We get into a chat with the filmmaker.
It is a pleasure to be in touch, Gurinder. It has been a long gap of seven years between your last release It’s a Wonderful Afterlife and now Partition: 1947. You must not have bargained for that, isn’t it?
The reason for that is PARTITION: 1947 took eight years to get made. In this time we did extensive research reading books, watching films, plays and interviewing survivors of partition and their relatives. These stories all influenced the final film. This is such a personal film for me and my family and I have been wanting to make it my whole life. I would have loved to have made my film sooner but I believe that in life everything has its own time for being realized. There is a bigger reason that this film needed to be released to the world at this particular time.
I am sure you must be waiting with bated breath to see how Partition: 1947 finds an audience on its 18th August release, isn’t it?
I am delighted the film is being released in Hindi and English in India. It will be an eye opener for anyone interested in India’s history and my opportunity to re-write the history of the Raj as told by the British until now. If we don’t tell our own history from our perspective it will be lost. I grew up made to feel that Partition was our fault because we were fighting with each other and the British had no choice but to divide India. My film reveals that this narrative is false. Partition was a Political act driven by British strategic decisions.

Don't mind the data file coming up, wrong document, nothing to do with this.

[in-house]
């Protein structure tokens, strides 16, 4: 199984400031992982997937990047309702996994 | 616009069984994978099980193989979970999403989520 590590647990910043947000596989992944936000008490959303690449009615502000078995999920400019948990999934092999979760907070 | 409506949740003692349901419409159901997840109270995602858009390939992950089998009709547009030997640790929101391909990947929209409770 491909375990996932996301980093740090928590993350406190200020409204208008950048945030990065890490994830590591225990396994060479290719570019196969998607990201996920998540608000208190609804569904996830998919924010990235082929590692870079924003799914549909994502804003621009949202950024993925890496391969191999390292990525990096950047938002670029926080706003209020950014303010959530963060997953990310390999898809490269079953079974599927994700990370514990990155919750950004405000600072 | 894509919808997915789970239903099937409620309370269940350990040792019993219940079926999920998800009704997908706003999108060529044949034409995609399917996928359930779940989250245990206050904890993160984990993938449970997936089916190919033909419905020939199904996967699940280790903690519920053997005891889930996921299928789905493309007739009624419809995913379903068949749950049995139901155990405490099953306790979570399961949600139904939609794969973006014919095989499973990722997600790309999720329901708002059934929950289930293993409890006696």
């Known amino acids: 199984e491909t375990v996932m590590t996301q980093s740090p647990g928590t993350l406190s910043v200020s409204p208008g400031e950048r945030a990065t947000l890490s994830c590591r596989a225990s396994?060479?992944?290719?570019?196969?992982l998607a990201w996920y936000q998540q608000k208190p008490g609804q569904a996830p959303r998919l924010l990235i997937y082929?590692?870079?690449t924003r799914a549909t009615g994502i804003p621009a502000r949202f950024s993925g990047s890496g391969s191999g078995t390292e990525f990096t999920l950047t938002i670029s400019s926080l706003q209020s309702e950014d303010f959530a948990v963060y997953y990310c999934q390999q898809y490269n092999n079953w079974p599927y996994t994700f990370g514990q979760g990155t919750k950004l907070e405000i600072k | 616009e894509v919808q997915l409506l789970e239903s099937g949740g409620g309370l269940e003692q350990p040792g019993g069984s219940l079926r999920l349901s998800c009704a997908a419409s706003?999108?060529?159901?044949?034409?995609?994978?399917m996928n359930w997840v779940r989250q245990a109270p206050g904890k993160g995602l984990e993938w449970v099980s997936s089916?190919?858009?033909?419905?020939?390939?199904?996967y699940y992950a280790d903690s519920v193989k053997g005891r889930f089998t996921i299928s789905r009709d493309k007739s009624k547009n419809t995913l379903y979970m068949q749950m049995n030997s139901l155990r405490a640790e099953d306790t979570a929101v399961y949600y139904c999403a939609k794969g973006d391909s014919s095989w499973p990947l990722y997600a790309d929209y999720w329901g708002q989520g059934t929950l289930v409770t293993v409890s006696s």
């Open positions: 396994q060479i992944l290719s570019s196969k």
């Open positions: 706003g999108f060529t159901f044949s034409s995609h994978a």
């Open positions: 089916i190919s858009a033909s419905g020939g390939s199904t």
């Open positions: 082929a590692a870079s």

My film is based on Top-Secret British documents that look at what Britain and America had to gain from the Partition of India and the creation of Pakistan. As part of my research I read Narindra Singh Sarila’s THE SHADOW OF THE GREAT GAME, which exposes these Top Secret Government files that had been sealed for fifty years. These documents show that the decision to divide India was influenced by the World Map and who would retain power in the region.
A film belonging to this stage, set up and genre is bound to bring along quite a few controversies as well. Are you already bracing up for that in weeks to come?
For me, this is my perspective on what happened to my grandmother and family during 1947 and why. People may disagree but what’s important is that discussions are being started around Partition. I can only make a film that is my vision of what happened. I have tried to make a human, healing film that does not simply lay blame or turn leaders into villains.
Considering the fact that this is a big day indeed when the film releases, how are you looking at the film making some global noise en route its arrival?
The film has generated an incredible range of discussions in the UK, Australia, France and South Africa, where it released earlier this year. It’s appalling that in the UK now children are not taught that Britain had an Empire. In many parts of the world, people know nothing about how India got its freedom. I hope my film will encourage global audiences to find out more about what happened so it can never happen again.